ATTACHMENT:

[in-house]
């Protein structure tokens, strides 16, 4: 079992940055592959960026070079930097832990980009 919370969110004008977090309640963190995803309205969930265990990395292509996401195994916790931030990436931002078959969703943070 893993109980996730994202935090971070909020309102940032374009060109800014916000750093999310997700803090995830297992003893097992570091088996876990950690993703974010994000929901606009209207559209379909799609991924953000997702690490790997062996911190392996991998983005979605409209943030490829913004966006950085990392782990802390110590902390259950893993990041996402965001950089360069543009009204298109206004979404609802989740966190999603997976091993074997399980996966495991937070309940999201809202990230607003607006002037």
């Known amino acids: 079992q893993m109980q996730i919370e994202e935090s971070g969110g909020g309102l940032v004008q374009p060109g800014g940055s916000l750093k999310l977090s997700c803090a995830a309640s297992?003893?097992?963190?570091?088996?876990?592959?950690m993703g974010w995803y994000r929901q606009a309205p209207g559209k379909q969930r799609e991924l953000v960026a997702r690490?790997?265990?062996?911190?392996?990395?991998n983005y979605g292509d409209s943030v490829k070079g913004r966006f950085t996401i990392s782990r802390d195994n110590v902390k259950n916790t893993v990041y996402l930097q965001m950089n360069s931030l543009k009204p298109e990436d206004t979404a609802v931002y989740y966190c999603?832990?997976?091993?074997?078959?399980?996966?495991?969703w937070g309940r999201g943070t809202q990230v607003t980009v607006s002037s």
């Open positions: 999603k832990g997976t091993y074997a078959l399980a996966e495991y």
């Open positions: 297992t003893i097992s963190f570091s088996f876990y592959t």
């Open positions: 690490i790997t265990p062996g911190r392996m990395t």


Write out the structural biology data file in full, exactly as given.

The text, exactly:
[in-house]
């Protein structure tokens, strides 16, 4: 079992940055592959960026070079930097832990980009 919370969110004008977090309640963190995803309205969930265990990395292509996401195994916790931030990436931002078959969703943070 893993109980996730994202935090971070909020309102940032374009060109800014916000750093999310997700803090995830297992003893097992570091088996876990950690993703974010994000929901606009209207559209379909799609991924953000997702690490790997062996911190392996991998983005979605409209943030490829913004966006950085990392782990802390110590902390259950893993990041996402965001950089360069543009009204298109206004979404609802989740966190999603997976091993074997399980996966495991937070309940999201809202990230607003607006002037």
């Known amino acids: 079992q893993m109980q996730i919370e994202e935090s971070g969110g909020g309102l940032v004008q374009p060109g800014g940055s916000l750093k999310l977090s997700c803090a995830a309640s297992?003893?097992?963190?570091?088996?876990?592959?950690m993703g974010w995803y994000r929901q606009a309205p209207g559209k379909q969930r799609e991924l953000v960026a997702r690490?790997?265990?062996?911190?392996?990395?991998n983005y979605g292509d409209s943030v490829k070079g913004r966006f950085t996401i990392s782990r802390d195994n110590v902390k259950n916790t893993v990041y996402l930097q965001m950089n360069s931030l543009k009204p298109e990436d206004t979404a609802v931002y989740y966190c999603?832990?997976?091993?074997?078959?399980?996966?495991?969703w937070g309940r999201g943070t809202q990230v607003t980009v607006s002037s």
């Open positions: 999603k832990g997976t091993y074997a078959l399980a996966e495991y």
């Open positions: 297992t003893i097992s963190f570091s088996f876990y592959t």
């Open positions: 690490i790997t265990p062996g911190r392996m990395t």